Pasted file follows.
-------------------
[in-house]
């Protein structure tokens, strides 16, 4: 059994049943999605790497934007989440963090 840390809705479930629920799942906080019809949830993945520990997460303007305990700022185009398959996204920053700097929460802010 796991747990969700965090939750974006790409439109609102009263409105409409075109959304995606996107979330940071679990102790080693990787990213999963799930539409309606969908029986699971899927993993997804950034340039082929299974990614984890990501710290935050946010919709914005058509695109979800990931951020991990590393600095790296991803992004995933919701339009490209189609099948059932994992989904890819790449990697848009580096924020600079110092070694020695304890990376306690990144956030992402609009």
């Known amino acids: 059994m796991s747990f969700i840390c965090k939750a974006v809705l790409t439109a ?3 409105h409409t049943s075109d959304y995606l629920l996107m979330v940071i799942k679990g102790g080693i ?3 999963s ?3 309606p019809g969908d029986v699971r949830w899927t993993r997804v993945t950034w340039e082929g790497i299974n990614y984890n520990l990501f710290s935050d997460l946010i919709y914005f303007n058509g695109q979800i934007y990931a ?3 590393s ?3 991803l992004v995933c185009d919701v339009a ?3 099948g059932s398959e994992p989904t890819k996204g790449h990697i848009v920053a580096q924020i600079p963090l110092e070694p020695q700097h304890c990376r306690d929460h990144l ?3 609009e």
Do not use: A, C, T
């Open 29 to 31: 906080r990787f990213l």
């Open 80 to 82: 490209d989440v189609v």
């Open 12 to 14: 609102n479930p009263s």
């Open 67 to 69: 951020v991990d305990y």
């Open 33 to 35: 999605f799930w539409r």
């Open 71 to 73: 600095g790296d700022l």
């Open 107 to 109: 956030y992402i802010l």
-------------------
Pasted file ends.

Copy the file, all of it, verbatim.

[in-house]
């Protein structure tokens, strides 16, 4: 059994049943999605790497934007989440963090 840390809705479930629920799942906080019809949830993945520990997460303007305990700022185009398959996204920053700097929460802010 796991747990969700965090939750974006790409439109609102009263409105409409075109959304995606996107979330940071679990102790080693990787990213999963799930539409309606969908029986699971899927993993997804950034340039082929299974990614984890990501710290935050946010919709914005058509695109979800990931951020991990590393600095790296991803992004995933919701339009490209189609099948059932994992989904890819790449990697848009580096924020600079110092070694020695304890990376306690990144956030992402609009």
């Known amino acids: 059994m796991s747990f969700i840390c965090k939750a974006v809705l790409t439109a ?3 409105h409409t049943s075109d959304y995606l629920l996107m979330v940071i799942k679990g102790g080693i ?3 999963s ?3 309606p019809g969908d029986v699971r949830w899927t993993r997804v993945t950034w340039e082929g790497i299974n990614y984890n520990l990501f710290s935050d997460l946010i919709y914005f303007n058509g695109q979800i934007y990931a ?3 590393s ?3 991803l992004v995933c185009d919701v339009a ?3 099948g059932s398959e994992p989904t890819k996204g790449h990697i848009v920053a580096q924020i600079p963090l110092e070694p020695q700097h304890c990376r306690d929460h990144l ?3 609009e």
Do not use: A, C, T
């Open 29 to 31: 906080r990787f990213l």
């Open 80 to 82: 490209d989440v189609v």
């Open 12 to 14: 609102n479930p009263s």
């Open 67 to 69: 951020v991990d305990y």
């Open 33 to 35: 999605f799930w539409r």
């Open 71 to 73: 600095g790296d700022l």
């Open 107 to 109: 956030y992402i802010l």